• Generally it is cheaper to heat water with gas than with electric. Electricity costs about four times as much as natural gas for the same amount of heat. If a dwelling is heated by electricity, it’s especially important to call the utility company to find out about past electric bills at that address.
  • Who is responsible for hot water?
    • Sometimes the landlord pays for hot water, and sometimes tenants pay. Hot water is often the second biggest part of your utility bill, so it’s important to ask this question before renting. Again, call the utility company to find out what past gas and electric bills have been for that address.
  • Am I provided with cable, satellite service or internet?
    • Some places include internet with a monthly limit of GB usage while cable may only include only certain channels.
  • Who is in charge of yard work?
    • Some rentals include yard work such as snow plowing, and mowing of grass as well as bush trimming in the rent. Not all rentals include these services and it is the tenants responsibility to care for the properties yard. My rent includes all yard work, except my own personal gardening of course 🙂

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  • What is the parking situation?
    • This is a very important question if you own a car. Check if you will be provided with your own parking spot, and ask whether your guests can use other parking spaces when they visit your place. If there are no off street parking spaces available, it’s good to know where parking on the street is available, the distance from there to your dwelling, as well as the city/town laws in regard to parking on the street. Some cities have alternating parking days while others may not.
  • Can I make improvements in the apartment?
    • We sometimes may not like how the sink or shower spits out water, and may want to change faucets. Check and see if there is anything in the dwelling that you would like to have changed, and see if you can change it. Some landlords may even deduct from your rent if you show proof of cost for your efforts.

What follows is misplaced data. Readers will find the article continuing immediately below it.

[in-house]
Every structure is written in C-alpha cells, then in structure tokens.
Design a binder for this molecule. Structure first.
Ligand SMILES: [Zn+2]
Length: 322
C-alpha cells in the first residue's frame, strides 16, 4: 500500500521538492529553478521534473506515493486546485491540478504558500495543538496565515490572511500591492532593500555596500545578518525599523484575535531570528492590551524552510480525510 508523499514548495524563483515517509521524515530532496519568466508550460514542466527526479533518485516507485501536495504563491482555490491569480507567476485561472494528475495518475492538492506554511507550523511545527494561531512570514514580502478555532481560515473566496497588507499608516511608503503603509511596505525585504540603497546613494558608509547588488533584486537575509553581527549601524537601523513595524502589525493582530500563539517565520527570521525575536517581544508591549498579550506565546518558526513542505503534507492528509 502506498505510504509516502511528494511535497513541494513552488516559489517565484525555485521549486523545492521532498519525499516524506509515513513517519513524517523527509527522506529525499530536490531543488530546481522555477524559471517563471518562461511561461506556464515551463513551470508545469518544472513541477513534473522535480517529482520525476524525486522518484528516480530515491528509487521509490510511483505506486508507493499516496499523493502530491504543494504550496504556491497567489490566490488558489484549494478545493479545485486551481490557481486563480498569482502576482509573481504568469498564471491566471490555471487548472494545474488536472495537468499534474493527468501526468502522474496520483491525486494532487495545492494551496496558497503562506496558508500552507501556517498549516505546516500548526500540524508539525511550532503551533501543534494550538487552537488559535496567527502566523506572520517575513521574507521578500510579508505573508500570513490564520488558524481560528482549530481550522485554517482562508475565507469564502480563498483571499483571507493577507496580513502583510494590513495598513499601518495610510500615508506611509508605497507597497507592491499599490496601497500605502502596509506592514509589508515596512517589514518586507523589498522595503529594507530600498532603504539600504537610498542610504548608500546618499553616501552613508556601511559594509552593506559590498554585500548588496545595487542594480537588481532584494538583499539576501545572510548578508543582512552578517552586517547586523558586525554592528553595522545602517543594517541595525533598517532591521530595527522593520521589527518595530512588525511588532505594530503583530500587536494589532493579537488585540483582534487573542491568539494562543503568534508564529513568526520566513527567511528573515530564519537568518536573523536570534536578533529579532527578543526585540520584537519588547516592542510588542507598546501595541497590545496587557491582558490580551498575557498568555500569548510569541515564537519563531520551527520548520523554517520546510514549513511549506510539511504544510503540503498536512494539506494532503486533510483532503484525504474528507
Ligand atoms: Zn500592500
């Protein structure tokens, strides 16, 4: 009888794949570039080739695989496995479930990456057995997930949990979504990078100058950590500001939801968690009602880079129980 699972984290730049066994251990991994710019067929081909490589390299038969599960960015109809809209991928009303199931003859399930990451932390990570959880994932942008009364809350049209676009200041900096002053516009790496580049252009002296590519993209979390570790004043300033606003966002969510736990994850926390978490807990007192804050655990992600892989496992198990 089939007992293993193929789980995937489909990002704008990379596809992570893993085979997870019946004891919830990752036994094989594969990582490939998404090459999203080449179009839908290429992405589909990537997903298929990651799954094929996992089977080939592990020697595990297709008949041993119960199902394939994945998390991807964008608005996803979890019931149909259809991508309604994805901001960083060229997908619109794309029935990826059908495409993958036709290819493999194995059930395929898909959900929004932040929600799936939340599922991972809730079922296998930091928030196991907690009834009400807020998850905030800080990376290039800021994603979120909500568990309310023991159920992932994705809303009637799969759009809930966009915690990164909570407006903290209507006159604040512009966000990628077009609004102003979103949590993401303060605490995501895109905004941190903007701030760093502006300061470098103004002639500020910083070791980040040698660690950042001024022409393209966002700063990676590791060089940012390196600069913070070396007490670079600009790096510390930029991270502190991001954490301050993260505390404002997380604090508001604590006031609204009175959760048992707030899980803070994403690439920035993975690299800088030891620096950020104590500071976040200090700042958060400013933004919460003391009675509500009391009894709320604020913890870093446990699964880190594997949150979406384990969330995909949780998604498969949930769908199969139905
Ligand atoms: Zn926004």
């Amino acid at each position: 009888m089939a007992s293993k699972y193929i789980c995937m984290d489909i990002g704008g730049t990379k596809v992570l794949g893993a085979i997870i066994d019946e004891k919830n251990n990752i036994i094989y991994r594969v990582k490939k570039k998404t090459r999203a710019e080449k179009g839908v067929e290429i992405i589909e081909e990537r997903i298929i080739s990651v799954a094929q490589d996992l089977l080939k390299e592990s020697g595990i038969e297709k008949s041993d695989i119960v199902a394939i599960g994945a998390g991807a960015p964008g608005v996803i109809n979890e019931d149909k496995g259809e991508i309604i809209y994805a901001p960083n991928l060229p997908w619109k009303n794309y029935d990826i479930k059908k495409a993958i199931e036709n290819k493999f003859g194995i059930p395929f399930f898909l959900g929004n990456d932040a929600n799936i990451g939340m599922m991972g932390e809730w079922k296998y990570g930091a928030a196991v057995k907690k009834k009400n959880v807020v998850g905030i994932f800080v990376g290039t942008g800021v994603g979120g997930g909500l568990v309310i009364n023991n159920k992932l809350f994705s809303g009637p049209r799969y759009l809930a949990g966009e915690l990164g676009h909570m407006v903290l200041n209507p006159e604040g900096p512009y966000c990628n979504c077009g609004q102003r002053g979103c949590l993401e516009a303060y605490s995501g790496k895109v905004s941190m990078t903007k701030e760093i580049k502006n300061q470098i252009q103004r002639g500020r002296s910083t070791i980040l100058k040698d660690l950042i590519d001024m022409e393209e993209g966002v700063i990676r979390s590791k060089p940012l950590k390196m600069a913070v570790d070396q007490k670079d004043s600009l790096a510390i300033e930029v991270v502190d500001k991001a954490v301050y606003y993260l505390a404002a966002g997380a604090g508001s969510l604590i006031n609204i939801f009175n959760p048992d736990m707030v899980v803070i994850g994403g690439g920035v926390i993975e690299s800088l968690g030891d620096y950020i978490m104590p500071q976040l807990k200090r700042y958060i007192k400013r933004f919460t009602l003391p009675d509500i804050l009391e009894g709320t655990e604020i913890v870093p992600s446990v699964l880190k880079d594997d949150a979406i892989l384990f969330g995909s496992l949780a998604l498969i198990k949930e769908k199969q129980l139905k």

• Can I re-paint or hang décor?
    • This is important as well. You might have found the perfect location, but what if its walls are painted in a dreadful color? Some landlords will allow you to re-paint while others won’t. Some rentals also will not allow to have anything hanging on the walls due to the potential damage from drilling holes or hammering nails. Details about redesigning should be included in the lease.
  • Is there a lot of noise? Are there rules to noise?
    • If noise is a huge issue for you, you better make sure you know if other tenants or neighbors make a lot of it. If you are one who creates the noise, ask what are the limits, and if it will be a problem. You have to show neighbors respect no matter where you move. Having company shouldn’t be an issue, but when it’s loud company, it can be.
  • Can I have pets?
    • Ask about the pet policies. Each place will have its own set of rules and regulations about pet ownership. Some will allow pets while others won’t. Some communities are very particular and will even look into a pet’s breed type and weight. Additional security deposits may apply for your pet, and you should be aware, just as the landlord should be aware of your pet’s presence.
  • Can I sublease?
    • In some rentals, you will be allowed to take in a roommate or perhaps, add another name to the lease after moving in. Make sure this option is available in case you are in need for the extra help with expenses or just want to help out a family or friend.

When looking at rentals and asking questions, try to think in both the long and short term. There are lots of rentals out there, and asking the right questions is key to choosing the best one for you.

Samantha Jonas-Rongo

Language Barriers Create Country Borders

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We all should learn a new language not just to communicate, but to be able to get a better understanding of others around us. We need to start the process for the generations to come to live life where we all get along and live in a world where we survive together instead of fighting one another. We should be able to live in a world without borders or barriers, but it begins with language……Samantha E. Jonas-Rongo